I just finished reading Jonathan Franzen’s novel Freedom (2010), which interested me because I focus my American literature survey course on defintions of freedom. I’ve included two passages about this topic, one from a mother of teenagers and the other from one of the teenagers himself.
By almost any standard, she led a luxurious life. She had all day every day to figure out some decent and satisfying way to live, and yet all she ever seemed to get for all her choices and her freedom was more miserable. The autobiographer is almost forced to the conclusion that she pitied herself for being so free. (192)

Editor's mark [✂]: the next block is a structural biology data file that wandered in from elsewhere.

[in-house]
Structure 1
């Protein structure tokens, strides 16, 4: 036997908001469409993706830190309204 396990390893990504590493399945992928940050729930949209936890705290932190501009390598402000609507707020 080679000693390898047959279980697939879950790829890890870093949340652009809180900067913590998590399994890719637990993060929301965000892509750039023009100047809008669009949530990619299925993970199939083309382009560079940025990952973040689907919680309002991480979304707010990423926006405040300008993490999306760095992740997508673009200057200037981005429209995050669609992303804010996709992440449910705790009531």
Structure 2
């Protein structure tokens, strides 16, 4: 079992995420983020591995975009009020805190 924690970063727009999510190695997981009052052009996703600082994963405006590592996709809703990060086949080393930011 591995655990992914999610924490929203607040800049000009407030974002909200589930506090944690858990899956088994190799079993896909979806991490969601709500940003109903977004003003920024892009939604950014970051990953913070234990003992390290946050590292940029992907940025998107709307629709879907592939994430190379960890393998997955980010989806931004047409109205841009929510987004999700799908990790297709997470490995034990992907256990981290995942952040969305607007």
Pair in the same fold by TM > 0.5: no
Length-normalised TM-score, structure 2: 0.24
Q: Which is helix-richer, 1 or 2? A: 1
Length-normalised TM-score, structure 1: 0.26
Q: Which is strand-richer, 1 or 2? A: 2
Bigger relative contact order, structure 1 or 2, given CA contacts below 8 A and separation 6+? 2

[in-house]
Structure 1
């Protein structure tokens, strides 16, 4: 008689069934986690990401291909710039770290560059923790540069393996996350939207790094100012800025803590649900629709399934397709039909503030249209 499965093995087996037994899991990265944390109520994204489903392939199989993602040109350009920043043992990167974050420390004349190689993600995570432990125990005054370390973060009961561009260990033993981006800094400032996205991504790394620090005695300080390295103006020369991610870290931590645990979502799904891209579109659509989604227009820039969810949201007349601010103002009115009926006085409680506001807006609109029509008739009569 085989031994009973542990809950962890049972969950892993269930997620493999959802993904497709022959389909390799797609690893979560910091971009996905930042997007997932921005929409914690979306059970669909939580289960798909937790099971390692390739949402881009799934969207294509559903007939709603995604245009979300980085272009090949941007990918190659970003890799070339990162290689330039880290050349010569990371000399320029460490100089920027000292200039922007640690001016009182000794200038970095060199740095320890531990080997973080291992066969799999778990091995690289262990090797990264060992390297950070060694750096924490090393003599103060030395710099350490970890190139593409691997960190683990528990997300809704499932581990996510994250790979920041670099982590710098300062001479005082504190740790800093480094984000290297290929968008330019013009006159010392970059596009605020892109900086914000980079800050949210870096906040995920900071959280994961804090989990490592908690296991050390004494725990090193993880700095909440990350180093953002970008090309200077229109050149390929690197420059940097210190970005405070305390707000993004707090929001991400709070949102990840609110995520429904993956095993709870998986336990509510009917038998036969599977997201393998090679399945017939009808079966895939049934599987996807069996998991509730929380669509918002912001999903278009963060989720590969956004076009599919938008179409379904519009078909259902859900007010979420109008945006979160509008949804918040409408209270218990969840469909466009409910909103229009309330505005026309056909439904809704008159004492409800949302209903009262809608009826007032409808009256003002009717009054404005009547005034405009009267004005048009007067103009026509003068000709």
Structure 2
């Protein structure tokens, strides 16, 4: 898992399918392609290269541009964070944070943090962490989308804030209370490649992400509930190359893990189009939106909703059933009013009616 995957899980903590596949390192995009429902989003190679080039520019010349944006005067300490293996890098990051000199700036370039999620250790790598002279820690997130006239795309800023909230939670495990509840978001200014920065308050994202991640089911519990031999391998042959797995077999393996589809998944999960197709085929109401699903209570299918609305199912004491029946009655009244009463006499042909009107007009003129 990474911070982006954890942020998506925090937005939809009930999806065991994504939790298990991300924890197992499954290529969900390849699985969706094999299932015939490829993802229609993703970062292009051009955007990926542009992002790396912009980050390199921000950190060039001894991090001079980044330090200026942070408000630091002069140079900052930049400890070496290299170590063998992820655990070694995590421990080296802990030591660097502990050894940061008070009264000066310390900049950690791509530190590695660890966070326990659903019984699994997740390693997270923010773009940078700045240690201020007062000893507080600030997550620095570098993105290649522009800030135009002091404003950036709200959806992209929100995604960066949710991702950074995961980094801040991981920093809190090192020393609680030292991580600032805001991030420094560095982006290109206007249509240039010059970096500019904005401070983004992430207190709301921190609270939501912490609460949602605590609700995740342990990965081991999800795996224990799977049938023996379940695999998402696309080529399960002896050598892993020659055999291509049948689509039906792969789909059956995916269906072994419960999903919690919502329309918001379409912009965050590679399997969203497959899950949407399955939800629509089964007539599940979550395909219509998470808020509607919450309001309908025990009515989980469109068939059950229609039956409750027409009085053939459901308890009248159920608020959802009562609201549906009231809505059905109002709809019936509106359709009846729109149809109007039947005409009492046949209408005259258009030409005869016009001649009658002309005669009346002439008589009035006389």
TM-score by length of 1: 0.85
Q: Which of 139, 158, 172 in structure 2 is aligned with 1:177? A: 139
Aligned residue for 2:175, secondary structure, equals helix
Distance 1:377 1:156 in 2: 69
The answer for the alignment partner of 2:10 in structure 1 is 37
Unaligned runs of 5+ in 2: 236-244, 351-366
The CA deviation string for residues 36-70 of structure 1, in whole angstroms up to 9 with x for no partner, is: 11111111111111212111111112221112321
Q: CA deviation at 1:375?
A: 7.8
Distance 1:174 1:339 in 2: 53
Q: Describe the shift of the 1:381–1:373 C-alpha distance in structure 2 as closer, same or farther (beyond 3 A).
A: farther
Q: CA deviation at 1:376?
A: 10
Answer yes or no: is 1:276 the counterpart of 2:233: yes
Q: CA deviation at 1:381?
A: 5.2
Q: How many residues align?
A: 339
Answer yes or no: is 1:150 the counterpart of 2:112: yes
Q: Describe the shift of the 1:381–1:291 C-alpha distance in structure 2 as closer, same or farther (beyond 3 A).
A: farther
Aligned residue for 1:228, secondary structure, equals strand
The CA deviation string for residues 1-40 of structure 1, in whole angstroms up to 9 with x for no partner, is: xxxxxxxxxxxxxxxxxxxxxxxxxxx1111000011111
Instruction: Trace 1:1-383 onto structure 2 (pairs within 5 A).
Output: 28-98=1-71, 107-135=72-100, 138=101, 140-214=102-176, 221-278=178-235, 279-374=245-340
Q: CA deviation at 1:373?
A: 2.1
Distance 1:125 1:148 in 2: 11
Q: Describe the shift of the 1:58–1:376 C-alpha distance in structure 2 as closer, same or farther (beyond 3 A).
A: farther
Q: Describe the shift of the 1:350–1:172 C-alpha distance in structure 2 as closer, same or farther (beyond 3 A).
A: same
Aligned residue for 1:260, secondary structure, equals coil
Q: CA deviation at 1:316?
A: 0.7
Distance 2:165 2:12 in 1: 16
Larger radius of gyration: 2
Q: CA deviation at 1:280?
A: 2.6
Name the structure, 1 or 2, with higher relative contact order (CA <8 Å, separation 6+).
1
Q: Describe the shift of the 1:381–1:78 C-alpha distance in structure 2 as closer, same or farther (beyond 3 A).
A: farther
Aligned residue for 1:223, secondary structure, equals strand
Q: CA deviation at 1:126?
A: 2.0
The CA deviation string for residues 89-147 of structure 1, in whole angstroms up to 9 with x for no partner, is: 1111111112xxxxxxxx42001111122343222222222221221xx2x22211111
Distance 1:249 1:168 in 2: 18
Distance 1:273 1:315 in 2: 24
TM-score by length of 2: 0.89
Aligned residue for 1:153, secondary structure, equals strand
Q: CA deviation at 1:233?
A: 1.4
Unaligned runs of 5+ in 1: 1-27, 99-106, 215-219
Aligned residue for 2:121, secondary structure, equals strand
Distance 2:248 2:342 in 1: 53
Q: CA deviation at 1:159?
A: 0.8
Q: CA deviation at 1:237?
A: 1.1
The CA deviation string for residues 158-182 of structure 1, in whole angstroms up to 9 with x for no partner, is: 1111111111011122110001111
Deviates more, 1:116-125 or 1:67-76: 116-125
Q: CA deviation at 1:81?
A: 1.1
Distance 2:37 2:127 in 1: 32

Almost everybody in his dorm communicated with their parents daily, if not hourly, and although this did make him feel unexpectedly grateful to his own parents, who had been far cooler and more respectful of his wishes than he’d been able to appreciate as long as he lived next door to them, it also touched off something like a panic. He’d asked for his freedom, they’d granted it, and he couldn’t go back now. (257)